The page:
[Norman Bluhm's obituary appears on page 31.]
Nicholas Krushenick, 70, New York painter known for his Day-Glo colored, hard-edge abstractions that critics often referred to as "Abstract Pop," died in Manhattan of liver cancer. He attended the Art Students League as well as Hans Hofmann's school. During the 1950s, he produced collages of abstracted figures, which he included in his first solo exhibition at the Camino Gallery in 1957. The following year he co-founded, along with Ronald Bladen, Al Held, George Sugarman, Edward Clark and others, the Brata Gallery, where he showed until 1960. In the early '60s, Krushenick refined a bold, super-graphic style of abstraction that related to the Pop imagery of then emerging artists Warhol and Lichtenstein. He held a series of well-received solo shows at Pace Gallery in New York and in several museums in the U.S. and Europe. In the late '60s and early '70s, many museums in this country and abroad acquired his work. Gradually, however, Krushenick's painting receded from public view. He continued to paint, but ceased to exhibit from 1976 until a 1990 show at the Daniel Newburg Gallery in New York. From 1977 until 1991 he taught at the University of Maryland. His most recent New York exhibition was at the Mitchell Algus Gallery in 1997, and his work is included in "Pop Abstraction," a traveling show organized by the Pennsylvania Academy of Fine Arts.
Gino De Dominicis, 51, artist, died Nov. 29 at his home in Rome. Born in Ancona, De Dominicis became a controversial and often mystifying figure in Italian art after debuting at Rome's Galleria L'Attico in 1969. He was highly regarded as a conceptual artist whose sculptures, videos, paintings, drawings and installations investigate time, beauty, scientific knowledge, extraterrestrial life and immortality. The works range in tone from deadpan humor, as when banal figures of speech are literalized in object form, to the lyricism of metal-red installations intended to be experienced as astral charts. De Dominicis set himself firmly against the machinery of the art world, rarely allowing his work to be reproduced, telephoning endless "corrections" to art journals and favoring only a handful of galleries in Italy, notably Emilio Mazzoli in Modena, where he had his last show in 1998. Even the news of his death was suspect, for years earlier he had reported his own demise in the mock conclusion to a biographical essay. Seemingly above all else, De Dominicis delighted in scandalizing the Venice Biennale: for his first appearance in 1972 he included a young man with Down's syndrome as an element in an installation; in 1993 he announced that his tempera-and-gold-on-panel paintings could not be considered for Biennale prizes; in 1995 he publicly declined to appear at all. In the end, De Dominicis's most enduring creation may be himself, a secretive, black-clad provocateur who invigorated Italian art with gestures of defiance, poetic insight and wit.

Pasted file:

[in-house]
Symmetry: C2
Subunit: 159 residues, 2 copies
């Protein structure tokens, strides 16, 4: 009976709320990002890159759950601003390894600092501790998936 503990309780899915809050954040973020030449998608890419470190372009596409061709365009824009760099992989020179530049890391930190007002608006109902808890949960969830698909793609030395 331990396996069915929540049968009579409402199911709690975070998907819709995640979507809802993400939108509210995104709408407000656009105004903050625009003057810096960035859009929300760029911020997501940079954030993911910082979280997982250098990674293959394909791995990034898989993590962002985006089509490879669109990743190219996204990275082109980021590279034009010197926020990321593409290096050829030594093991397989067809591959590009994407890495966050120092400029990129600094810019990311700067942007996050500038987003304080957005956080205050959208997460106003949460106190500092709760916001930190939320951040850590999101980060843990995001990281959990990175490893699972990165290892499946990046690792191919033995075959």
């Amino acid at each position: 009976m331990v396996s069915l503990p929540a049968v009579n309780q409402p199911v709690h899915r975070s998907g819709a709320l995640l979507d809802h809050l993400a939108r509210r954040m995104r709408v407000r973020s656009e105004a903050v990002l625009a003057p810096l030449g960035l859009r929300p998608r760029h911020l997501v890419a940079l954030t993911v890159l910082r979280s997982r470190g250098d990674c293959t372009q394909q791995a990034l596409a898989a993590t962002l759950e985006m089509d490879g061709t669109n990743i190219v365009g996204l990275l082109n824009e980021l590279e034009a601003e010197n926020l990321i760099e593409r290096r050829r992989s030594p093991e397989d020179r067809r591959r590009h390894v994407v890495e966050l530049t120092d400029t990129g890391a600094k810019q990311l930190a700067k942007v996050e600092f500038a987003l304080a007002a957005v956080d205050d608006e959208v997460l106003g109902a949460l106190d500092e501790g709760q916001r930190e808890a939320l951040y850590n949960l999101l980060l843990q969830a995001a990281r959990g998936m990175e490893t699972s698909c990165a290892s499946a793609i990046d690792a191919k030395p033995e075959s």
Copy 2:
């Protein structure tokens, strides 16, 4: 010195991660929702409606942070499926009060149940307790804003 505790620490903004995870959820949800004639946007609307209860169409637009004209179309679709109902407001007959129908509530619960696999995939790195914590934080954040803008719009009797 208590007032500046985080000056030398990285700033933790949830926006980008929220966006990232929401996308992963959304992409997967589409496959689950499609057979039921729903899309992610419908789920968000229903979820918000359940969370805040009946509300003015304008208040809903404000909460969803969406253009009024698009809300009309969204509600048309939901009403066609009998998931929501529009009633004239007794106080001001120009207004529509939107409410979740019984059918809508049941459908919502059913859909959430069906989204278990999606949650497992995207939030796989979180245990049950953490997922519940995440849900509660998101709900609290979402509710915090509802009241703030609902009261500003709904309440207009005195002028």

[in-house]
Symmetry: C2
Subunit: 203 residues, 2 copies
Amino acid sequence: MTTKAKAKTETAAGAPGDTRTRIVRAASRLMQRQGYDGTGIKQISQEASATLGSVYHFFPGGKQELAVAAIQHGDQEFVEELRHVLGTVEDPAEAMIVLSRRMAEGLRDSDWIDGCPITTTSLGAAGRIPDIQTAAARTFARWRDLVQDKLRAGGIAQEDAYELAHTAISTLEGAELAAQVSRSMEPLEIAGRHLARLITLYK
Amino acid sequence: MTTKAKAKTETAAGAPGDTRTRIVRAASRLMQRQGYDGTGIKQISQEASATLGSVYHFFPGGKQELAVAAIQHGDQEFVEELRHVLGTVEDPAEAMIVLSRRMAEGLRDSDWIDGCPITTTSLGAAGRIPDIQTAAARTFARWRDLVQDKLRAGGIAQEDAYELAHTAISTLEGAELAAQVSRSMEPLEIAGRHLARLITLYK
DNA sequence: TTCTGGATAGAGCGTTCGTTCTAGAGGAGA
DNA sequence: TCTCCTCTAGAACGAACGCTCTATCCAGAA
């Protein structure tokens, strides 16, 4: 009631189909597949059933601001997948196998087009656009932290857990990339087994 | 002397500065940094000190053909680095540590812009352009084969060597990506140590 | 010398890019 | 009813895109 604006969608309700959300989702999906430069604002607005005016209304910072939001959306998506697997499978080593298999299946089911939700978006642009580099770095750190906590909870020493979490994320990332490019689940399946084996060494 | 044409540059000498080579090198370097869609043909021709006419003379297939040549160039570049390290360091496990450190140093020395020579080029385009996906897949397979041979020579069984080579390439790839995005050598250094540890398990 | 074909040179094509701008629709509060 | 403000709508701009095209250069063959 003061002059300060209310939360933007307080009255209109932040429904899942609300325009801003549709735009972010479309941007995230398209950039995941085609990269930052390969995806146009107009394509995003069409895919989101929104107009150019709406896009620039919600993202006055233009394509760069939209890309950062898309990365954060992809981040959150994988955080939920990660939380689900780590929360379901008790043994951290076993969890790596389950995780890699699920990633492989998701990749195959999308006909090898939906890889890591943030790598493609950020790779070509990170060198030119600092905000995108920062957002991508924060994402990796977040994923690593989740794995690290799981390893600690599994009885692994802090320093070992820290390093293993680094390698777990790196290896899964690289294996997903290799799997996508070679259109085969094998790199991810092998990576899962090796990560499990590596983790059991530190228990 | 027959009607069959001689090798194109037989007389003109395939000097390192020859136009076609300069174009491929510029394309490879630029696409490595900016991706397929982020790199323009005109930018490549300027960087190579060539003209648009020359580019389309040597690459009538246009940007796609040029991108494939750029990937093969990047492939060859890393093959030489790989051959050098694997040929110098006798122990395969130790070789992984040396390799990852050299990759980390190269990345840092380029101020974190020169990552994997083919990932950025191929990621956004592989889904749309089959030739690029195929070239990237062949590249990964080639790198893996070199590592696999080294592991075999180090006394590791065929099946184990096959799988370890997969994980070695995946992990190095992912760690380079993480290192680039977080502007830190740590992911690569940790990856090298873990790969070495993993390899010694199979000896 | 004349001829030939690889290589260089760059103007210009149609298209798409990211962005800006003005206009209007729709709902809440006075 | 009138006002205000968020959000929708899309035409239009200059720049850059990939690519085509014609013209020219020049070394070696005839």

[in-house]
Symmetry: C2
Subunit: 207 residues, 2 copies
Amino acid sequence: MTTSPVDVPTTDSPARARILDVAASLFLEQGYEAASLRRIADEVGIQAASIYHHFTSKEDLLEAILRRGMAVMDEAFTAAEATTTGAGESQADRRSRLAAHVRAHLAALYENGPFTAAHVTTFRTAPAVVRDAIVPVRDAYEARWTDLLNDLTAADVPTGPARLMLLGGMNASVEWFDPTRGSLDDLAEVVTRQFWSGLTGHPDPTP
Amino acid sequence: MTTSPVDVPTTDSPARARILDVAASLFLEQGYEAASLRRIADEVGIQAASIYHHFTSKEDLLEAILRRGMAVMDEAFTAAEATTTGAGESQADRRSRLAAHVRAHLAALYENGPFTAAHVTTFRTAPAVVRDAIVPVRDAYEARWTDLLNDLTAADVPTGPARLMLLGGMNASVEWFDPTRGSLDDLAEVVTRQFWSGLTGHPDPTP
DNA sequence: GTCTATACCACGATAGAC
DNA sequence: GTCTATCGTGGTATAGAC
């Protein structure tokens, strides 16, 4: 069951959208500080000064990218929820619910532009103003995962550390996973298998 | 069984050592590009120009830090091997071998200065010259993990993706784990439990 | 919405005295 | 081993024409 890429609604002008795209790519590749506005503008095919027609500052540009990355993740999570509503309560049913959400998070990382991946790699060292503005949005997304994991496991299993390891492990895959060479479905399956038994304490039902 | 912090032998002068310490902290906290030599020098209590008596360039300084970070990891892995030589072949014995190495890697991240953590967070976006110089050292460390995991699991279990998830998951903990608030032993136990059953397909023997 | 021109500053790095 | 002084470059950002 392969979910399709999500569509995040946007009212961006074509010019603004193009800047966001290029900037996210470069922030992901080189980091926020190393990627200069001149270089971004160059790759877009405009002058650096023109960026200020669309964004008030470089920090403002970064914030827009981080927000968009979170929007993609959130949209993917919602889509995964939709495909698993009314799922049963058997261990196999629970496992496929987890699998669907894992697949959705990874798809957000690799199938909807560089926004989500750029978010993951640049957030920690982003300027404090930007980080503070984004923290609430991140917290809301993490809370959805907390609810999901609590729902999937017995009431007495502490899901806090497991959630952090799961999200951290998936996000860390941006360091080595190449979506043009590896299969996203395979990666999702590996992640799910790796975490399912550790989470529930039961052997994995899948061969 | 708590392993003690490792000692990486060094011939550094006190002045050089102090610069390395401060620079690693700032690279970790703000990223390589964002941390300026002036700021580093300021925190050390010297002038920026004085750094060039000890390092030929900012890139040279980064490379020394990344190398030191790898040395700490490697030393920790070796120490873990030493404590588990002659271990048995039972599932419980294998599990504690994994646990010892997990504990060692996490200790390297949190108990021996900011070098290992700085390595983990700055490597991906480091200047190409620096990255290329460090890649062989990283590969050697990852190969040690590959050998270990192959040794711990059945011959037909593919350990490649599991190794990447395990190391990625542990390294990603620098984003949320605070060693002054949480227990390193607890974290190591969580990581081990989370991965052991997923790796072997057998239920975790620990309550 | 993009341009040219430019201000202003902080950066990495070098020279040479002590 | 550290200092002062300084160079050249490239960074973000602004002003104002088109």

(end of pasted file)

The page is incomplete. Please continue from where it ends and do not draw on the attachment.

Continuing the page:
Hughie Lee-Smith, 83, figurative painter, died Feb. 23 in Albuquerque. He is best known for his crisply rendered canvases that usually have spare, stagelike settings or sometimes show mysterious figures in a bleak landscape. During the Depression, he worked for the WPA in Ohio, where he produced works in a Social Realist style. He moved to New York in 1958 and taught at the Art Students League for 15 years. He became an associate member of the National Academy of Design in 1963 and a full member in 1967. He was the second black member to be named, after Henry Ossawa Tanner. Lee-Smith's first retrospective was in 1988 at the New Jersey State Museum. It traveled to the Studio Museum in Harlem and other venues. In 1997, another retrospective was mounted at the Ogunquit Museum of American Art in Maine. He had a solo show at June Kelly Gallery in 1994, the same year he was commissioned to paint the official City Hall portrait of then mayor David Dinkins.
Leon Arkus, 83, director emeritus of the Carnegie Museum of Art, died Jan. 29 in Pittsburgh. He joined the Carnegie staff in 1954 as assistant director, became associate director in 1962, and assumed the top post six years later. He was instrumental in developing the Sarah Mellon Scaife Gallery, an addition to the Carnegie Institute, and greatly increased the museum's holdings in American, French Impressionist and contemporary works. He organized three Carnegie International exhibitions, as well as shows of Alberto Burri, van Gogh and "The Art of Black Africa." He retired from the museum in 1980.
--"Artworld" is compiled by Stephanie Cash and David Ebony
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